Five-Layer Film Makes Home Movies in Color

Popular Science, kesäkuu 1935

A natural-color film that fits amateur cameras and projectors of standard sixteen-millimeter size now permits home movie makers to take color pictures of professional quality. No special filters or other auxiliary devices are required. Pictures may be taken indoors or outdoors, exactly as in black-and-white photography; the only difference whatever, as far as the picture maker is concerned, is that a slightly larger stop - F/8 instead of F/11, for example - is used to admit more light.

To separate the various hues in a scene, other single-film processes resort to such devices as color gratings, prismatic ridges, or microscopic tinted grains on the surface of the emulsion. The new film dispenses with all these, and can be magnfied indefinitely without the appearance of grains or streaks. So translucent are the images obtained, that a low-power projector is adequate to give brilliant, glowing colors.

A "sandwich" of five gossamer-thin layers, with a combined thickness hardly greater than that of a standard emulsion, constitutes the coating of the new film. The layers include an emulsion sensitive to blue light only, with which is incorporated a yellow stain to serve as a color filter; a separating layer or gelatin for mechanical purposes; a green-sensitive emulsion; a dyed gelatin color filter; and a red-sensitive emulsion. How the three emulsions register the three primary colors of the subject and combine them in single natural-color pictures is shown in the diagram.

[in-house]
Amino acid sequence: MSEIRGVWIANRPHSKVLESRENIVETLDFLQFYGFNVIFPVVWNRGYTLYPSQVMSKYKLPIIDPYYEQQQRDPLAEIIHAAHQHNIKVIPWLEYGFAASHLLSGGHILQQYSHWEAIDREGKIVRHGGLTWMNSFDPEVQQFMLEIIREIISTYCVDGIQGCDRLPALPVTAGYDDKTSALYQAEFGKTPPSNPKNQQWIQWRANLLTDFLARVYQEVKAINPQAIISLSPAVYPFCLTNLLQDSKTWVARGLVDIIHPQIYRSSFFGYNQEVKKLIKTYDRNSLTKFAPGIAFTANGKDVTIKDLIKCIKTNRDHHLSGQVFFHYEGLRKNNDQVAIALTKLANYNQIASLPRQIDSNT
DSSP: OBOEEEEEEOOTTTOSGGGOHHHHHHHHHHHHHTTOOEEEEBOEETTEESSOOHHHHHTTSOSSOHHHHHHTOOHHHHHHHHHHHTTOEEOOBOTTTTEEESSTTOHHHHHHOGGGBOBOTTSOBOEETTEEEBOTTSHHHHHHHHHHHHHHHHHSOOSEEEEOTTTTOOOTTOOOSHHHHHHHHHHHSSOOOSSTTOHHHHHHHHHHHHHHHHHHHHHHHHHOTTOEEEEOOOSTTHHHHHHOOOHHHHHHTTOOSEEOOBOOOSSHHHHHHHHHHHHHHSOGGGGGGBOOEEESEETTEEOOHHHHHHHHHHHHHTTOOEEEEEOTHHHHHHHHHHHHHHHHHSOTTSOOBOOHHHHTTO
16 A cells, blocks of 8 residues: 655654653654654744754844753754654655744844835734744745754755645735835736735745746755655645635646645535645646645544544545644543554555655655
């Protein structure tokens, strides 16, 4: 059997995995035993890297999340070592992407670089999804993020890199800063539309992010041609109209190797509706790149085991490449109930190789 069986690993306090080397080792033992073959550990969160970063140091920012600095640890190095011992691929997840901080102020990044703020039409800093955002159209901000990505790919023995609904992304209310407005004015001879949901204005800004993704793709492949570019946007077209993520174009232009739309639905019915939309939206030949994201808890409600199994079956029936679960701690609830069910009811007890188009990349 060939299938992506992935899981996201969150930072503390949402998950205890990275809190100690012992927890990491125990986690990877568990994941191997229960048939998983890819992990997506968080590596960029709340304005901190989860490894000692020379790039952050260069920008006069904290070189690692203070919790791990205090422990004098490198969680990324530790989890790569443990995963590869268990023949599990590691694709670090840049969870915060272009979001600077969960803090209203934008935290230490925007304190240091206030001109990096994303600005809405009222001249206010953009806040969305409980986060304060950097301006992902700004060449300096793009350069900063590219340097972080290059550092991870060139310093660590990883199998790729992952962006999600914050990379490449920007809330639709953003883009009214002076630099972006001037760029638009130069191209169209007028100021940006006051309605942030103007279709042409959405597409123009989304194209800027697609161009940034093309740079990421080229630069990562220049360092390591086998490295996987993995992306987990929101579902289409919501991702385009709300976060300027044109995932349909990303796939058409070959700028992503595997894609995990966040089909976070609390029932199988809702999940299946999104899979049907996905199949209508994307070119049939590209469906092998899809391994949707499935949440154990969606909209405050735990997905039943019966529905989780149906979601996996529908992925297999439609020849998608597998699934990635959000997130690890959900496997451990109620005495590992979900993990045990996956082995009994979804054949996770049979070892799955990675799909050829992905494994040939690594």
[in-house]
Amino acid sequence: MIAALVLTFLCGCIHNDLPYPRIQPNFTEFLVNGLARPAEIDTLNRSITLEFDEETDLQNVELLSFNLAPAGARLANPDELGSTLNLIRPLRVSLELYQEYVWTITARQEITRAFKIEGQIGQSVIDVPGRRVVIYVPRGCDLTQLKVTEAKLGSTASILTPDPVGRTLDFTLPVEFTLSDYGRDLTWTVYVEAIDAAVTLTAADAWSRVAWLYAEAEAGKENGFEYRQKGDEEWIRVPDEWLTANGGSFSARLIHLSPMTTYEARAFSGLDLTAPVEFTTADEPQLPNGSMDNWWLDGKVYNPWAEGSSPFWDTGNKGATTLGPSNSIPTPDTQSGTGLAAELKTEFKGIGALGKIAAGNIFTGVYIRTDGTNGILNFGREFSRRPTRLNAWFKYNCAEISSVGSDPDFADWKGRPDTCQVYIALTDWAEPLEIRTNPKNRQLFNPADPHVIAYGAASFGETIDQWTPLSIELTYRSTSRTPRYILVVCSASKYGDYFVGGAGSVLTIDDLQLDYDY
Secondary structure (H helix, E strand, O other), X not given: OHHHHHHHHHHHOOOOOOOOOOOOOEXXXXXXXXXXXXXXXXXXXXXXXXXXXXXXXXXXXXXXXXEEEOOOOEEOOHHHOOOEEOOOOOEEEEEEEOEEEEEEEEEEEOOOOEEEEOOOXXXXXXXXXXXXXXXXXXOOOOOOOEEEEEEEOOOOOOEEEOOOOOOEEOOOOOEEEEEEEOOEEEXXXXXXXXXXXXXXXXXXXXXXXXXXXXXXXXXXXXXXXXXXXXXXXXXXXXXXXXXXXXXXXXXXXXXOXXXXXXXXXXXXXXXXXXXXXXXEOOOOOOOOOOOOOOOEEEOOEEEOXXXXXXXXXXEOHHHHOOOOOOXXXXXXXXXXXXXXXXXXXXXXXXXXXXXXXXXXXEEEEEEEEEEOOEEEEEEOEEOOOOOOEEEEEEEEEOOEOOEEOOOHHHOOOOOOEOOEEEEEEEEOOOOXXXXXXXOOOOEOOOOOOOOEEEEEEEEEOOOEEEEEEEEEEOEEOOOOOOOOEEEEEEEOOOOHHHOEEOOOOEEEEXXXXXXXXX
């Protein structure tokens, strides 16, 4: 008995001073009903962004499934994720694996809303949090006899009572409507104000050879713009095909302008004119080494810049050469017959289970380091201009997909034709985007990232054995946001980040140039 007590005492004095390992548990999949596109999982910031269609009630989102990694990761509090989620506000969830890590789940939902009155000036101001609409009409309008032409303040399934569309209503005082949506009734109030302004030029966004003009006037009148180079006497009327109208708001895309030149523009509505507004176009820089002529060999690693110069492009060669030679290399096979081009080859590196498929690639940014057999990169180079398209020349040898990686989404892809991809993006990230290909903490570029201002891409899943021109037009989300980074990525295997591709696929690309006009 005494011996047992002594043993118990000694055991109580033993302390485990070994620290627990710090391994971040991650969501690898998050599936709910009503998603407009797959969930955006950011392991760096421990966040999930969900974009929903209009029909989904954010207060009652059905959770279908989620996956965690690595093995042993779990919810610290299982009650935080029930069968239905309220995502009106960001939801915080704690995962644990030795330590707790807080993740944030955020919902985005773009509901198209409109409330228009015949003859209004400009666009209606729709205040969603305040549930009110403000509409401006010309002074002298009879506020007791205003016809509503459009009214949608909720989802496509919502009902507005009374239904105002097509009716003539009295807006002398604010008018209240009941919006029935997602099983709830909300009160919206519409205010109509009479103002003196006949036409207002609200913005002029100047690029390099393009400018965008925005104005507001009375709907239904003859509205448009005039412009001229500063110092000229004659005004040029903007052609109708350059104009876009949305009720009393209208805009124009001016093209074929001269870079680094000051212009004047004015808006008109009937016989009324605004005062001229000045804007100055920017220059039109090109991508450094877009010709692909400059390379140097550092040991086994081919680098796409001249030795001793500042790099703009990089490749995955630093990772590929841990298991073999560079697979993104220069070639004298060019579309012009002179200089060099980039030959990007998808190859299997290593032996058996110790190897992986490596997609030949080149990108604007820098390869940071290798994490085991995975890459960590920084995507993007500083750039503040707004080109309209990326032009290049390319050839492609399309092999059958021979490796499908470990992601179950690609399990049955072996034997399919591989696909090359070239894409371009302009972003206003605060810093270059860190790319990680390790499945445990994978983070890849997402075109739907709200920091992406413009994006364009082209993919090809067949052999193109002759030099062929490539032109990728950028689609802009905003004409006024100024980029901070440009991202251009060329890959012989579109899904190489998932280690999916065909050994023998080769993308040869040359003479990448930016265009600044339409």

Applying so thin a sandwich of layers to a film is a feat in itself, but even more remarkable is the method of dyeing up the images in their proper colors. Sent to the manufacturer for finishing, the film is run through a series of intricate and delicate chemical processes that dye the front, middle, and read images of each "frame" selectively. Each image receives its own color, and no dye strays, despite the microscopic distances that separate one layer from another. The final treatment removes all traces of the original silver imgaes produced by development, leaving the natural-color picture in the transparent dyes.

Drawing at left shows how the new color film works. The five layers are combined in a thin coating. Above, magnified cross section of film showing emulsion layers contrasted with film base

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